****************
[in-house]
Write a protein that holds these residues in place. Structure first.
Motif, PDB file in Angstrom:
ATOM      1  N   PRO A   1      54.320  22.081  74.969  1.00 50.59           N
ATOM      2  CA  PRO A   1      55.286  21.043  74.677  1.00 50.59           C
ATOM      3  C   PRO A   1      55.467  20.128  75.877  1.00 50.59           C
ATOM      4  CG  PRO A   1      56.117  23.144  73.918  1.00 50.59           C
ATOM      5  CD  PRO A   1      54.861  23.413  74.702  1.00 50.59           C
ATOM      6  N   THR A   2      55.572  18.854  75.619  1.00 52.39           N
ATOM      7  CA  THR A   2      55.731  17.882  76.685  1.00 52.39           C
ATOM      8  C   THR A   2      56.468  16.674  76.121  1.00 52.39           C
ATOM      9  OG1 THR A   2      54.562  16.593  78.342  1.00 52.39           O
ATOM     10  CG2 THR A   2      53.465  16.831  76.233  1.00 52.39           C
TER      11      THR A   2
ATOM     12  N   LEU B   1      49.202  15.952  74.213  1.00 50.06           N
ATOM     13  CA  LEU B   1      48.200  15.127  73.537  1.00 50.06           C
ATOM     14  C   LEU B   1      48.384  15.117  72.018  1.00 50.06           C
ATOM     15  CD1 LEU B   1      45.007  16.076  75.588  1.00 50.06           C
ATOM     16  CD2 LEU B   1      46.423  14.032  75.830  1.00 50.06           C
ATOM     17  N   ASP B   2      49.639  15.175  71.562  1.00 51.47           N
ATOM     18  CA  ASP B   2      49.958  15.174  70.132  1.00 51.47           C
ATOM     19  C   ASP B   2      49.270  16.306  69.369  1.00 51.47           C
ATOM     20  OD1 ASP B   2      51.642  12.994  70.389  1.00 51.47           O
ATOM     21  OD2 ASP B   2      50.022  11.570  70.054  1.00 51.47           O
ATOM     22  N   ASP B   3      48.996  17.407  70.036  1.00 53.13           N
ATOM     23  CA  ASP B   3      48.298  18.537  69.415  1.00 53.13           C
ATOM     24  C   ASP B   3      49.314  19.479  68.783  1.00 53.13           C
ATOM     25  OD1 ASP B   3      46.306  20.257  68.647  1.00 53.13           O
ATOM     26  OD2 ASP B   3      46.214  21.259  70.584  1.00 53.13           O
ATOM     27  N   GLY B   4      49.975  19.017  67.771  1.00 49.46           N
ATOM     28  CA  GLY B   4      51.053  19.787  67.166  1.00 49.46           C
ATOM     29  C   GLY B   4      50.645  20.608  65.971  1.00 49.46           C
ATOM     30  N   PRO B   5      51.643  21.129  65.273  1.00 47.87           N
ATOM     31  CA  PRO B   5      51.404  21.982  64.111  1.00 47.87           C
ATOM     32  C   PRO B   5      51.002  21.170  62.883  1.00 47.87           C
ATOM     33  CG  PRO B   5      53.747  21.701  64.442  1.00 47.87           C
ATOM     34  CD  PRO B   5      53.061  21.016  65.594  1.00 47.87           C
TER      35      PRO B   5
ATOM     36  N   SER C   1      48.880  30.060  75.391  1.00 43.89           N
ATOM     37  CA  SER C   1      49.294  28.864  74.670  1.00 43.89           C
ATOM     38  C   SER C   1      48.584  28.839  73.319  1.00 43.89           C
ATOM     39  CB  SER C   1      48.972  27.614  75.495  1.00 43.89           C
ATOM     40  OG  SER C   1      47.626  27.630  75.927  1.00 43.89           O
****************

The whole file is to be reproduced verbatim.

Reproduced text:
[in-house]
Write a protein that holds these residues in place. Structure first.
Motif, PDB file in Angstrom:
ATOM      1  N   PRO A   1      54.320  22.081  74.969  1.00 50.59           N
ATOM      2  CA  PRO A   1      55.286  21.043  74.677  1.00 50.59           C
ATOM      3  C   PRO A   1      55.467  20.128  75.877  1.00 50.59           C
ATOM      4  CG  PRO A   1      56.117  23.144  73.918  1.00 50.59           C
ATOM      5  CD  PRO A   1      54.861  23.413  74.702  1.00 50.59           C
ATOM      6  N   THR A   2      55.572  18.854  75.619  1.00 52.39           N
ATOM      7  CA  THR A   2      55.731  17.882  76.685  1.00 52.39           C
ATOM      8  C   THR A   2      56.468  16.674  76.121  1.00 52.39           C
ATOM      9  OG1 THR A   2      54.562  16.593  78.342  1.00 52.39           O
ATOM     10  CG2 THR A   2      53.465  16.831  76.233  1.00 52.39           C
TER      11      THR A   2
ATOM     12  N   LEU B   1      49.202  15.952  74.213  1.00 50.06           N
ATOM     13  CA  LEU B   1      48.200  15.127  73.537  1.00 50.06           C
ATOM     14  C   LEU B   1      48.384  15.117  72.018  1.00 50.06           C
ATOM     15  CD1 LEU B   1      45.007  16.076  75.588  1.00 50.06           C
ATOM     16  CD2 LEU B   1      46.423  14.032  75.830  1.00 50.06           C
ATOM     17  N   ASP B   2      49.639  15.175  71.562  1.00 51.47           N
ATOM     18  CA  ASP B   2      49.958  15.174  70.132  1.00 51.47           C
ATOM     19  C   ASP B   2      49.270  16.306  69.369  1.00 51.47           C
ATOM     20  OD1 ASP B   2      51.642  12.994  70.389  1.00 51.47           O
ATOM     21  OD2 ASP B   2      50.022  11.570  70.054  1.00 51.47           O
ATOM     22  N   ASP B   3      48.996  17.407  70.036  1.00 53.13           N
ATOM     23  CA  ASP B   3      48.298  18.537  69.415  1.00 53.13           C
ATOM     24  C   ASP B   3      49.314  19.479  68.783  1.00 53.13           C
ATOM     25  OD1 ASP B   3      46.306  20.257  68.647  1.00 53.13           O
ATOM     26  OD2 ASP B   3      46.214  21.259  70.584  1.00 53.13           O
ATOM     27  N   GLY B   4      49.975  19.017  67.771  1.00 49.46           N
ATOM     28  CA  GLY B   4      51.053  19.787  67.166  1.00 49.46           C
ATOM     29  C   GLY B   4      50.645  20.608  65.971  1.00 49.46           C
ATOM     30  N   PRO B   5      51.643  21.129  65.273  1.00 47.87           N
ATOM     31  CA  PRO B   5      51.404  21.982  64.111  1.00 47.87           C
ATOM     32  C   PRO B   5      51.002  21.170  62.883  1.00 47.87           C
ATOM     33  CG  PRO B   5      53.747  21.701  64.442  1.00 47.87           C
ATOM     34  CD  PRO B   5      53.061  21.016  65.594  1.00 47.87           C
TER      35      PRO B   5
ATOM     36  N   SER C   1      48.880  30.060  75.391  1.00 43.89           N
ATOM     37  CA  SER C   1      49.294  28.864  74.670  1.00 43.89           C
ATOM     38  C   SER C   1      48.584  28.839  73.319  1.00 43.89           C
ATOM     39  CB  SER C   1      48.972  27.614  75.495  1.00 43.89           C
ATOM     40  OG  SER C   1      47.626  27.630  75.927  1.00 43.89           O